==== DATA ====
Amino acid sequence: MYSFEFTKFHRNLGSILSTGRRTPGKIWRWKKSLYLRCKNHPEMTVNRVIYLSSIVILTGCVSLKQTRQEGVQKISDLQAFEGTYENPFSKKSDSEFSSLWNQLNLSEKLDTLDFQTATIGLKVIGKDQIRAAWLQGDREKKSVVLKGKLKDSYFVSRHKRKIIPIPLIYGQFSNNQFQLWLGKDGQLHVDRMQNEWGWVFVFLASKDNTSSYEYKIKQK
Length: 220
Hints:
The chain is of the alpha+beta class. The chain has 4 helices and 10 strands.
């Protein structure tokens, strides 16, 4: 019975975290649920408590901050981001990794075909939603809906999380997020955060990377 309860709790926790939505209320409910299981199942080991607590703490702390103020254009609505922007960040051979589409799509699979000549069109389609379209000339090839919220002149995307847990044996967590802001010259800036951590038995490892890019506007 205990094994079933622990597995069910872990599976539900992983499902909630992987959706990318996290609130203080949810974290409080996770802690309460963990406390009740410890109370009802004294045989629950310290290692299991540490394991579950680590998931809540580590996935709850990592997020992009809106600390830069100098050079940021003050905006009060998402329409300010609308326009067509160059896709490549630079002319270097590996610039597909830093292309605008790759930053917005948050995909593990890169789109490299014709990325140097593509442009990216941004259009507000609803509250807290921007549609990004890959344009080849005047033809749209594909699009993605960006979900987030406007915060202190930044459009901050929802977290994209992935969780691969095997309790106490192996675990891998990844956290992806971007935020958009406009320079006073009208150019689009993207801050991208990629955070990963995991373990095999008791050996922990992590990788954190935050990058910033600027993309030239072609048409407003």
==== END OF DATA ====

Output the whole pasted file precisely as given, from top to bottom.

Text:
Amino acid sequence: MYSFEFTKFHRNLGSILSTGRRTPGKIWRWKKSLYLRCKNHPEMTVNRVIYLSSIVILTGCVSLKQTRQEGVQKISDLQAFEGTYENPFSKKSDSEFSSLWNQLNLSEKLDTLDFQTATIGLKVIGKDQIRAAWLQGDREKKSVVLKGKLKDSYFVSRHKRKIIPIPLIYGQFSNNQFQLWLGKDGQLHVDRMQNEWGWVFVFLASKDNTSSYEYKIKQK
Length: 220
Hints:
The chain is of the alpha+beta class. The chain has 4 helices and 10 strands.
């Protein structure tokens, strides 16, 4: 019975975290649920408590901050981001990794075909939603809906999380997020955060990377 309860709790926790939505209320409910299981199942080991607590703490702390103020254009609505922007960040051979589409799509699979000549069109389609379209000339090839919220002149995307847990044996967590802001010259800036951590038995490892890019506007 205990094994079933622990597995069910872990599976539900992983499902909630992987959706990318996290609130203080949810974290409080996770802690309460963990406390009740410890109370009802004294045989629950310290290692299991540490394991579950680590998931809540580590996935709850990592997020992009809106600390830069100098050079940021003050905006009060998402329409300010609308326009067509160059896709490549630079002319270097590996610039597909830093292309605008790759930053917005948050995909593990890169789109490299014709990325140097593509442009990216941004259009507000609803509250807290921007549609990004890959344009080849005047033809749209594909699009993605960006979900987030406007915060202190930044459009901050929802977290994209992935969780691969095997309790106490192996675990891998990844956290992806971007935020958009406009320079006073009208150019689009993207801050991208990629955070990963995991373990095999008791050996922990992590990788954190935050990058910033600027993309030239072609048409407003």